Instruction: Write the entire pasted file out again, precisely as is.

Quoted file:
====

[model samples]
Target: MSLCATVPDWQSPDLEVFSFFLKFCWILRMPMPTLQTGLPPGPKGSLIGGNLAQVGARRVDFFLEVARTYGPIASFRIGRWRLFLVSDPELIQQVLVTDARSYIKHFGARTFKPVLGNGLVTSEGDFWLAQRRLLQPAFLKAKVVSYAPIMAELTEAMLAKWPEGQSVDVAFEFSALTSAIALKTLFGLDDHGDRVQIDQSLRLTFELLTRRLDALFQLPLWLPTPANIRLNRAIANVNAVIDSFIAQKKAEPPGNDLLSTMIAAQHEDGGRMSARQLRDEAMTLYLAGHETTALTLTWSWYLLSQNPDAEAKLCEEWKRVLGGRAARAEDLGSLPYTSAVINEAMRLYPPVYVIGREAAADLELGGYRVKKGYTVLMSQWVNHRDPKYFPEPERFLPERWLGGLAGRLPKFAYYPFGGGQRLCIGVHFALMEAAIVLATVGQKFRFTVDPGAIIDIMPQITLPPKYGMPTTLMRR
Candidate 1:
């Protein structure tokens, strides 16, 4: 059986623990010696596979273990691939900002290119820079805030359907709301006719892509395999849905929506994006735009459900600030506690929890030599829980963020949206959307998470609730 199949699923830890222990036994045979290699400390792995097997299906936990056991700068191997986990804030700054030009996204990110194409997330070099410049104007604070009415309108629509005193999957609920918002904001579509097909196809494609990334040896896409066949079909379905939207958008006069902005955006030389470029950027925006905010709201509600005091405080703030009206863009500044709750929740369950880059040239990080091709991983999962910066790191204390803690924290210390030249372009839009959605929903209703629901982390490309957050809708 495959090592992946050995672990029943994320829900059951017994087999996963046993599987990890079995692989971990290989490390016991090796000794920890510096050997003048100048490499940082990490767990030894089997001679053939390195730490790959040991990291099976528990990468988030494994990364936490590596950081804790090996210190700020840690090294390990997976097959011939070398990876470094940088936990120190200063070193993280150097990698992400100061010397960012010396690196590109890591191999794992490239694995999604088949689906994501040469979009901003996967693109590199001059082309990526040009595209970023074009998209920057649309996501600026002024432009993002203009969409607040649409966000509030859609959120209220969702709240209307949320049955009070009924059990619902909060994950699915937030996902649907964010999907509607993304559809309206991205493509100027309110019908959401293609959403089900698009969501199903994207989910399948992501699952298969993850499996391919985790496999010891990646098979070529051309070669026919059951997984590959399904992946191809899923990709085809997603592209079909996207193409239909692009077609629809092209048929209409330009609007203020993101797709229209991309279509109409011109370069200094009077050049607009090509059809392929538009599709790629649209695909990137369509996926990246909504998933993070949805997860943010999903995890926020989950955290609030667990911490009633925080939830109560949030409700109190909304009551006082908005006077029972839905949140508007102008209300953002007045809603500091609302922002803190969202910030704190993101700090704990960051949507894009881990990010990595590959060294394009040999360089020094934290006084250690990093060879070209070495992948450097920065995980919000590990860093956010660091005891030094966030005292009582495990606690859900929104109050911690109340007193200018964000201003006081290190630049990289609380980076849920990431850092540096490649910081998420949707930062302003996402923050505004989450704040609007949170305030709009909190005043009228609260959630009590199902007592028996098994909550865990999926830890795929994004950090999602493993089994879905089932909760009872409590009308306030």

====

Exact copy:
[model samples]
Target: MSLCATVPDWQSPDLEVFSFFLKFCWILRMPMPTLQTGLPPGPKGSLIGGNLAQVGARRVDFFLEVARTYGPIASFRIGRWRLFLVSDPELIQQVLVTDARSYIKHFGARTFKPVLGNGLVTSEGDFWLAQRRLLQPAFLKAKVVSYAPIMAELTEAMLAKWPEGQSVDVAFEFSALTSAIALKTLFGLDDHGDRVQIDQSLRLTFELLTRRLDALFQLPLWLPTPANIRLNRAIANVNAVIDSFIAQKKAEPPGNDLLSTMIAAQHEDGGRMSARQLRDEAMTLYLAGHETTALTLTWSWYLLSQNPDAEAKLCEEWKRVLGGRAARAEDLGSLPYTSAVINEAMRLYPPVYVIGREAAADLELGGYRVKKGYTVLMSQWVNHRDPKYFPEPERFLPERWLGGLAGRLPKFAYYPFGGGQRLCIGVHFALMEAAIVLATVGQKFRFTVDPGAIIDIMPQITLPPKYGMPTTLMRR
Candidate 1:
């Protein structure tokens, strides 16, 4: 059986623990010696596979273990691939900002290119820079805030359907709301006719892509395999849905929506994006735009459900600030506690929890030599829980963020949206959307998470609730 199949699923830890222990036994045979290699400390792995097997299906936990056991700068191997986990804030700054030009996204990110194409997330070099410049104007604070009415309108629509005193999957609920918002904001579509097909196809494609990334040896896409066949079909379905939207958008006069902005955006030389470029950027925006905010709201509600005091405080703030009206863009500044709750929740369950880059040239990080091709991983999962910066790191204390803690924290210390030249372009839009959605929903209703629901982390490309957050809708 495959090592992946050995672990029943994320829900059951017994087999996963046993599987990890079995692989971990290989490390016991090796000794920890510096050997003048100048490499940082990490767990030894089997001679053939390195730490790959040991990291099976528990990468988030494994990364936490590596950081804790090996210190700020840690090294390990997976097959011939070398990876470094940088936990120190200063070193993280150097990698992400100061010397960012010396690196590109890591191999794992490239694995999604088949689906994501040469979009901003996967693109590199001059082309990526040009595209970023074009998209920057649309996501600026002024432009993002203009969409607040649409966000509030859609959120209220969702709240209307949320049955009070009924059990619902909060994950699915937030996902649907964010999907509607993304559809309206991205493509100027309110019908959401293609959403089900698009969501199903994207989910399948992501699952298969993850499996391919985790496999010891990646098979070529051309070669026919059951997984590959399904992946191809899923990709085809997603592209079909996207193409239909692009077609629809092209048929209409330009609007203020993101797709229209991309279509109409011109370069200094009077050049607009090509059809392929538009599709790629649209695909990137369509996926990246909504998933993070949805997860943010999903995890926020989950955290609030667990911490009633925080939830109560949030409700109190909304009551006082908005006077029972839905949140508007102008209300953002007045809603500091609302922002803190969202910030704190993101700090704990960051949507894009881990990010990595590959060294394009040999360089020094934290006084250690990093060879070209070495992948450097920065995980919000590990860093956010660091005891030094966030005292009582495990606690859900929104109050911690109340007193200018964000201003006081290190630049990289609380980076849920990431850092540096490649910081998420949707930062302003996402923050505004989450704040609007949170305030709009909190005043009228609260959630009590199902007592028996098994909550865990999926830890795929994004950090999602493993089994879905089932909760009872409590009308306030």